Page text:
And money certainly is great; we can't live without it! But over my career, I've learned that a career selection that provides excitement, challenges and personal growth is just as important as one that pays top dollar—maybe even more so. It's no fun, nor is it good for your physical or mental health, to go to a job every day that does not offer intellectual stimulation, challenges and some degree of personal satisfaction.
After completing my undergraduate training, I took a job that provided me with an occupational deferment and kept me out of Vietnam; turning down three fellowships to attend graduate school (Harvard, Illinois, Tennessee). At that time, almost everyone else from my neighborhood had already been—or was soon to be drafted into military service. I commend and appreciate all the men and women who made then, and are making today, the sacrifices as members of our military services, to ensure that we continue to enjoy the freedom and prosperity that we civilians sometimes take for granted.
Now, while that job kept me "out of the war," it was just that—a JOB, one that I did not particularly like. In fact, I did not like it at all! One where I asked myself everyday: "Is this what you committed 4 years of hard and specialized study to do?" For me then—at 20 years of age—4 years seemed like a very long time. I took more than 30 sick days during the 3-1/2 years I had that J-O-B.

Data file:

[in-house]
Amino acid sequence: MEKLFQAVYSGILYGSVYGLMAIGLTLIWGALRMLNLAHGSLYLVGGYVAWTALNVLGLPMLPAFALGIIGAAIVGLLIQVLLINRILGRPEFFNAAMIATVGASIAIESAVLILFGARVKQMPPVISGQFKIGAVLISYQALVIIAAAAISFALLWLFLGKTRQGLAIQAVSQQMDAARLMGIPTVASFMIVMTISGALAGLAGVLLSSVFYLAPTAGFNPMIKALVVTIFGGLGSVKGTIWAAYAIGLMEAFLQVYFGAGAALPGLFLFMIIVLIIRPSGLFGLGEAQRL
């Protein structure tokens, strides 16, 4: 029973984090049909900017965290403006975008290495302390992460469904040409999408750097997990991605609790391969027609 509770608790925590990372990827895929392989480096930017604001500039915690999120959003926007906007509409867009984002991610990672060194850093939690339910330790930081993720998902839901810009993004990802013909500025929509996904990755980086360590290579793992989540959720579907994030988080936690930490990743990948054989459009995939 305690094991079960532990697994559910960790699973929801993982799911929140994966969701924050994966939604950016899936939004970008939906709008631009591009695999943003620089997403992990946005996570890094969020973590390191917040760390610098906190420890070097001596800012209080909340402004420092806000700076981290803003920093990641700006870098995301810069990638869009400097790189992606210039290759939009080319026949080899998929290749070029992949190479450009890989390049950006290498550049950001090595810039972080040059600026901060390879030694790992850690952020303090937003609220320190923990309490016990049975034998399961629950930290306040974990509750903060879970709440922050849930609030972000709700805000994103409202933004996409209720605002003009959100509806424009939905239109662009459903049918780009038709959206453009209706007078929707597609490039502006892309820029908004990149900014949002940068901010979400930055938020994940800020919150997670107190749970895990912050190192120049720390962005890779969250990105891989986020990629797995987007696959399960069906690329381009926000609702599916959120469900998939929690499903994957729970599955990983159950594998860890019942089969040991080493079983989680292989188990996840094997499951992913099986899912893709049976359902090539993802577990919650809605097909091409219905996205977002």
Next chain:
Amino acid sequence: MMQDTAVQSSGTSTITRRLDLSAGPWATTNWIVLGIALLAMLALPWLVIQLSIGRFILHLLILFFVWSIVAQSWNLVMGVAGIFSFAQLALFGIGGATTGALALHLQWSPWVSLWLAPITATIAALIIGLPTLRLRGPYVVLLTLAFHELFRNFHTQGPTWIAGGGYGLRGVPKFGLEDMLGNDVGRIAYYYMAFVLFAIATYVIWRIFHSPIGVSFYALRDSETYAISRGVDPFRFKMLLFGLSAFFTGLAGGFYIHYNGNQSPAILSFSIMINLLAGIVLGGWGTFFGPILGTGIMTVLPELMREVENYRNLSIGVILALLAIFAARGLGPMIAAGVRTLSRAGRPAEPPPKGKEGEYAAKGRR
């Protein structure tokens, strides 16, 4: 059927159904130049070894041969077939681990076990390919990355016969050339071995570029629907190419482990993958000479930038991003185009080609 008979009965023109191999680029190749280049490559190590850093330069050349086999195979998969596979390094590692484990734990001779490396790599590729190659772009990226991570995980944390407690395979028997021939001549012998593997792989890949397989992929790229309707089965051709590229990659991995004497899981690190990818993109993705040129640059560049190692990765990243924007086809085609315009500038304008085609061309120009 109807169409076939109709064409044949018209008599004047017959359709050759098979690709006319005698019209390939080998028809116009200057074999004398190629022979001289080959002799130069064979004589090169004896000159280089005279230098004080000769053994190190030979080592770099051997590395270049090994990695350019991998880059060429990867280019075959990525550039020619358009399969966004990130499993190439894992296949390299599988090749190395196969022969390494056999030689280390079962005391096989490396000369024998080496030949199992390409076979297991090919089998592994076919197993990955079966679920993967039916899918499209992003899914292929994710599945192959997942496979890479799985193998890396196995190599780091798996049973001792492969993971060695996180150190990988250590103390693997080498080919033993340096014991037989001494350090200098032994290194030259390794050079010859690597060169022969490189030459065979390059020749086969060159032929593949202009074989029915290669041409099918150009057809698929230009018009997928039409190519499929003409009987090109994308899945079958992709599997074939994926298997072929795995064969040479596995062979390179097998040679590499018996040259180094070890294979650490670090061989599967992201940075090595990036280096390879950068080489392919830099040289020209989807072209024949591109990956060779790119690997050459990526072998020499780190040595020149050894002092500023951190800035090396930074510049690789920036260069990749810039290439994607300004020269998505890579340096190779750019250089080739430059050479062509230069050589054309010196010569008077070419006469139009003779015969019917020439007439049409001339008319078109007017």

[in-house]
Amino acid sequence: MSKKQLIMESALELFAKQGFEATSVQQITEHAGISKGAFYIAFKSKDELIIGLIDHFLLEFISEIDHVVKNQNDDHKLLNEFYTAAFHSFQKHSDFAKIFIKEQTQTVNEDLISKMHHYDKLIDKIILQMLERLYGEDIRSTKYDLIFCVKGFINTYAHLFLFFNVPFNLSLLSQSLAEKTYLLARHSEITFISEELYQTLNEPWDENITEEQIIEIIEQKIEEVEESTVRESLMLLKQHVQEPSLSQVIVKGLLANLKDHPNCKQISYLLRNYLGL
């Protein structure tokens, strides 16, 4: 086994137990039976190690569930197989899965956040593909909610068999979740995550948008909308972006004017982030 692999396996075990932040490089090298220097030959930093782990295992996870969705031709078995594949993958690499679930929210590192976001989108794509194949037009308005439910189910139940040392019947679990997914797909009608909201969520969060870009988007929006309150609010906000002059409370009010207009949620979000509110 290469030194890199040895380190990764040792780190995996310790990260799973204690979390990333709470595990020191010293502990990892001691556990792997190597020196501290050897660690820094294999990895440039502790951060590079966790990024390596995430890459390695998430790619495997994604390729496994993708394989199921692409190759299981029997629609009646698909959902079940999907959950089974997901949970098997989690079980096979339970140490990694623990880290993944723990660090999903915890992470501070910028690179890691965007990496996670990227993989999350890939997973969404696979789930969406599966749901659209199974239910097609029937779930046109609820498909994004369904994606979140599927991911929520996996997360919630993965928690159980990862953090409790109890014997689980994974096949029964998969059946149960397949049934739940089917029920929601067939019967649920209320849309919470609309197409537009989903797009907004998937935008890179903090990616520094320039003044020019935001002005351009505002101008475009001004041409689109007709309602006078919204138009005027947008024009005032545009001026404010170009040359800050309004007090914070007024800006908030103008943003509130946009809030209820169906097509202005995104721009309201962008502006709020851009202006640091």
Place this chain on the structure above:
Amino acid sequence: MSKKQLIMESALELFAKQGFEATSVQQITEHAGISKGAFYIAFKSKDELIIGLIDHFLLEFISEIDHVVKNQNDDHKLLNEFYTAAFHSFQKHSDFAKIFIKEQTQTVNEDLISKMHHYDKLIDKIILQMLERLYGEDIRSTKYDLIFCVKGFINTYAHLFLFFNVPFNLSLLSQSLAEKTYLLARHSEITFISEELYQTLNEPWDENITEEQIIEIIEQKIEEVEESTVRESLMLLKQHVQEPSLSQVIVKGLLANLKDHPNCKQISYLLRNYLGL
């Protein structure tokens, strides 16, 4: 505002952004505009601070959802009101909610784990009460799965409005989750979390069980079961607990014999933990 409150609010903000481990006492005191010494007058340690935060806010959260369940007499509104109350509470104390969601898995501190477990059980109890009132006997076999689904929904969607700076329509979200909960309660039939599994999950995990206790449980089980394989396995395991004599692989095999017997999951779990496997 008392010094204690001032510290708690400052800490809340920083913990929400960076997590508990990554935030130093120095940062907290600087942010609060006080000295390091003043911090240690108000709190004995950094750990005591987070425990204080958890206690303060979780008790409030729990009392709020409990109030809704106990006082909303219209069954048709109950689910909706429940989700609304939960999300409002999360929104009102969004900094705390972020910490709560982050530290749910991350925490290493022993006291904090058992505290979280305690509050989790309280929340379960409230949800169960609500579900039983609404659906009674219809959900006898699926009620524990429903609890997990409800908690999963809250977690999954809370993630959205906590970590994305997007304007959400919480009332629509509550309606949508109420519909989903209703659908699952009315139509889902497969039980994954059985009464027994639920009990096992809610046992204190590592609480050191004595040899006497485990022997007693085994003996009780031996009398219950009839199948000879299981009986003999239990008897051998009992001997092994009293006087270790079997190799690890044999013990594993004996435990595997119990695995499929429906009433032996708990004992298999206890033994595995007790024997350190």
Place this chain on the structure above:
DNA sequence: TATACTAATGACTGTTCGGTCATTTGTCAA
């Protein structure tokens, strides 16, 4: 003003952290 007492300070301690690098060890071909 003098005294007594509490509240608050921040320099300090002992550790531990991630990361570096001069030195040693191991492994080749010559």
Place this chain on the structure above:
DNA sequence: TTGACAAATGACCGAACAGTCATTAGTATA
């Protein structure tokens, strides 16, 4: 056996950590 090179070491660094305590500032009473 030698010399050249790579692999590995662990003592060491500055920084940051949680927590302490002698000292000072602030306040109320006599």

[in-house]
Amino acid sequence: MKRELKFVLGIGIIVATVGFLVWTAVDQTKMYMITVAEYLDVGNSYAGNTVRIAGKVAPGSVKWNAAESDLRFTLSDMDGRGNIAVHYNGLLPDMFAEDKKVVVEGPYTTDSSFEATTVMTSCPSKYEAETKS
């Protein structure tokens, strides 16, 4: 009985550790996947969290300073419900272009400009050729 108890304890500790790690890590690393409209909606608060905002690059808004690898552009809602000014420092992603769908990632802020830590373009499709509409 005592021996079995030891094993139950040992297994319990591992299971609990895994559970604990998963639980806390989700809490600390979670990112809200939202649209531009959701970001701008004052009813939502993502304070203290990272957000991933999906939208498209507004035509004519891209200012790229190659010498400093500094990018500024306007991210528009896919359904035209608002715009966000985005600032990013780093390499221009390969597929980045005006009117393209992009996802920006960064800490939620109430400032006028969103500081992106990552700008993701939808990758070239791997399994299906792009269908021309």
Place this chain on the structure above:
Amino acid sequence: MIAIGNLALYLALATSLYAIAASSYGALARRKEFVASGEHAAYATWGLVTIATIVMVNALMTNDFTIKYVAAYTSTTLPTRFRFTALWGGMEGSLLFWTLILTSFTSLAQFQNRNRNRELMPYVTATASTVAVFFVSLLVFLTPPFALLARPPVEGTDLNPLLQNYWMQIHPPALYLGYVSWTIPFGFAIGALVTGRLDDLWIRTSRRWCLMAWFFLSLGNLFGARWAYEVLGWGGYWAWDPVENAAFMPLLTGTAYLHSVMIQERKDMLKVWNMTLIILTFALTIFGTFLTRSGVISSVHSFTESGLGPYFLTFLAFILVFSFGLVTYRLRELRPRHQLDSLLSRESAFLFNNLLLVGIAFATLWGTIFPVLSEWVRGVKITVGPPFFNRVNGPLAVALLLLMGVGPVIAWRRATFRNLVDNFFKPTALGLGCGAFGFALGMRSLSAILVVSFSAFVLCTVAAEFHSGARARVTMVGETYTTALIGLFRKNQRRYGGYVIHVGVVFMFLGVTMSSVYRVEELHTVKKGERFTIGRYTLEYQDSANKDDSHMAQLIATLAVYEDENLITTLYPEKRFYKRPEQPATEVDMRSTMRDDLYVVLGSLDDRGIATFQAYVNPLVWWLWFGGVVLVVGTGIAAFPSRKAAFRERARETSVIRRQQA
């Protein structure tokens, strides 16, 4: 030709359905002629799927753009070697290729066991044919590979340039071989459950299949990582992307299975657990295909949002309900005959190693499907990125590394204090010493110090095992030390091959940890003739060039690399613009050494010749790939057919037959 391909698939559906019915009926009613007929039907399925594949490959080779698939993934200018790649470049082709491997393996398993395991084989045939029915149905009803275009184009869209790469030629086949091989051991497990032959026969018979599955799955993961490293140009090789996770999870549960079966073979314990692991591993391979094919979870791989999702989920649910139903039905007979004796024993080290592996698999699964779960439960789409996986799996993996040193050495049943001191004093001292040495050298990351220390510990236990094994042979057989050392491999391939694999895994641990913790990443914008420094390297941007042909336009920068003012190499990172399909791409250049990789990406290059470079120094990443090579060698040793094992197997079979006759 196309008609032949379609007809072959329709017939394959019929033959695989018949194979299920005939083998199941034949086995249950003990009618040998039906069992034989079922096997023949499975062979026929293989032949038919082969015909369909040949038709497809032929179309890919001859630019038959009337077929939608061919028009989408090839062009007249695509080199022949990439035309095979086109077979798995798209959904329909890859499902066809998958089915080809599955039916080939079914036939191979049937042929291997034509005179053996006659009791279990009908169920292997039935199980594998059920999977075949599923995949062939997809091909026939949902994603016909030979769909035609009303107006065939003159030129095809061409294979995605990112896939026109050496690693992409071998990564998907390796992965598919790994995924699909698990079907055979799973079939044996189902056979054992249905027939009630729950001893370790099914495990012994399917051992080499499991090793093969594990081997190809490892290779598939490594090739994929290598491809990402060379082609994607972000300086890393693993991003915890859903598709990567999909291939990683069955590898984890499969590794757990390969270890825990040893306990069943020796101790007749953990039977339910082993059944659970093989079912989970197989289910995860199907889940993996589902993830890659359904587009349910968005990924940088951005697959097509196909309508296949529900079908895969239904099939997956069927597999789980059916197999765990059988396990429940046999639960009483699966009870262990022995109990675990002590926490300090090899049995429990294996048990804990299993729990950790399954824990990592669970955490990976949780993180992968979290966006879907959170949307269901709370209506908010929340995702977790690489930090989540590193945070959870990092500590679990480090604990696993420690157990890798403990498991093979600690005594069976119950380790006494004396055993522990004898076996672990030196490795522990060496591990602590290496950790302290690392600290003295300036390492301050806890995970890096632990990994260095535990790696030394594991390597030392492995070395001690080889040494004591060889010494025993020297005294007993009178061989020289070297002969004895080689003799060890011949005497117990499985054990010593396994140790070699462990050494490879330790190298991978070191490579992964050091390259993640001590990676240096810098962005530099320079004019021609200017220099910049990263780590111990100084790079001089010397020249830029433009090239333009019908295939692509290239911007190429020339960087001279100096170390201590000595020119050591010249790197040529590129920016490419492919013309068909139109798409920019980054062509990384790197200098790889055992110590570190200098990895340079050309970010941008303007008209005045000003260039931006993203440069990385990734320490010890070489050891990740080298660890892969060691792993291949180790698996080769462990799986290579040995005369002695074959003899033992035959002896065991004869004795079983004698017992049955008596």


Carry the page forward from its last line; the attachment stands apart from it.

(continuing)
In contrast, during my nearly 45-year career at the National Institute of Standards and Technology, I have taken about 20 sick days in total. I have not had a J-O-B, I've had an interesting, exciting and rewarding career! I have been able to see how the results of my work have benefited both our country and our global society. I've had the opportunity to work with some of the smartest, most creative, and most hard-working people in this country as we focused on scientific innovations and discoveries and the underpinning standards for improving this country's international trade, competitiveness and quality of life. Our work has garnered five Nobel prizes over the past 18 years!
But I've also had the opportunity to work with people all around the world, and have learned so much from those interactions. I have not always agreed with my colleagues here or abroad, but I have learned that it's always wise to listen to what they have to say and to try to understand their perspectives. We can always learn from others, especially people who come from different cultures and backgrounds and have different perspectives and outlooks than our own. In our global society, where "innovation" is a mantra, we should remember that innovations often occur based on input from unexpected and nontraditional sources. Let me tell you a short story.
A soap manufacturer received a complaint from a customer. The customer said he had purchased some very expensive soap, only to find that one of the boxes was empty. The manager (who was a physical scientist and alumnus from, let's say, here at College Park) really wanted to solve this problem, so the company purchased an expensive X-ray spectrometer with high-resolution monitors and hired and trained three technicians to monitor the soapboxes as they passed along on the assembly line. OK, problem solved, but at a rather high price.